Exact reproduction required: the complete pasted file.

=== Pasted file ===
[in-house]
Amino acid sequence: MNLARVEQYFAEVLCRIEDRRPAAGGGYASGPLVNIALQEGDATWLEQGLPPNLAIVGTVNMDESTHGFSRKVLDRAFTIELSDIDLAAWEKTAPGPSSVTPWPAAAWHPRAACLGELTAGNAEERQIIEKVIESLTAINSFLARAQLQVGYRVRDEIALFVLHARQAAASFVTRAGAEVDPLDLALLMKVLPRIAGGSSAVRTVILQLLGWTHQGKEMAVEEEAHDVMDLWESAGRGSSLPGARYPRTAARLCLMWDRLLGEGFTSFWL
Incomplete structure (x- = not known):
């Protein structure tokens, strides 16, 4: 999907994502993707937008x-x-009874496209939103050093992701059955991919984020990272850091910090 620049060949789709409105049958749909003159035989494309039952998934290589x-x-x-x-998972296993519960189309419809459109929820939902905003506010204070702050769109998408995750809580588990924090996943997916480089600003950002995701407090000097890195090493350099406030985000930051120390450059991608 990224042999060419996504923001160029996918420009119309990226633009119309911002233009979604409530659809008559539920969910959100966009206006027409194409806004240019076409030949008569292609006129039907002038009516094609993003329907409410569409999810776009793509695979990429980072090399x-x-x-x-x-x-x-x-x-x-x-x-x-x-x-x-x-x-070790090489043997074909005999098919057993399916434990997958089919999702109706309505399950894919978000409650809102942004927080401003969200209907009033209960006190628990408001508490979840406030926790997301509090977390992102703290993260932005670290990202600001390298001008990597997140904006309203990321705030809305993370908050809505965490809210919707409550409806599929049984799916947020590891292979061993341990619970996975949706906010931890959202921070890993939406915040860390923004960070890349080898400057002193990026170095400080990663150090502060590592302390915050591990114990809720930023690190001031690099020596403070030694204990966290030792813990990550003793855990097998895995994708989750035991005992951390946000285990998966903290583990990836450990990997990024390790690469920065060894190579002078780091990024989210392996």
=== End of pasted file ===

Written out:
[in-house]
Amino acid sequence: MNLARVEQYFAEVLCRIEDRRPAAGGGYASGPLVNIALQEGDATWLEQGLPPNLAIVGTVNMDESTHGFSRKVLDRAFTIELSDIDLAAWEKTAPGPSSVTPWPAAAWHPRAACLGELTAGNAEERQIIEKVIESLTAINSFLARAQLQVGYRVRDEIALFVLHARQAAASFVTRAGAEVDPLDLALLMKVLPRIAGGSSAVRTVILQLLGWTHQGKEMAVEEEAHDVMDLWESAGRGSSLPGARYPRTAARLCLMWDRLLGEGFTSFWL
Incomplete structure (x- = not known):
């Protein structure tokens, strides 16, 4: 999907994502993707937008x-x-009874496209939103050093992701059955991919984020990272850091910090 620049060949789709409105049958749909003159035989494309039952998934290589x-x-x-x-998972296993519960189309419809459109929820939902905003506010204070702050769109998408995750809580588990924090996943997916480089600003950002995701407090000097890195090493350099406030985000930051120390450059991608 990224042999060419996504923001160029996918420009119309990226633009119309911002233009979604409530659809008559539920969910959100966009206006027409194409806004240019076409030949008569292609006129039907002038009516094609993003329907409410569409999810776009793509695979990429980072090399x-x-x-x-x-x-x-x-x-x-x-x-x-x-x-x-x-x-070790090489043997074909005999098919057993399916434990997958089919999702109706309505399950894919978000409650809102942004927080401003969200209907009033209960006190628990408001508490979840406030926790997301509090977390992102703290993260932005670290990202600001390298001008990597997140904006309203990321705030809305993370908050809505965490809210919707409550409806599929049984799916947020590891292979061993341990619970996975949706906010931890959202921070890993939406915040860390923004960070890349080898400057002193990026170095400080990663150090502060590592302390915050591990114990809720930023690190001031690099020596403070030694204990966290030792813990990550003793855990097998895995994708989750035991005992951390946000285990998966903290583990990836450990990997990024390790690469920065060894190579002078780091990024989210392996």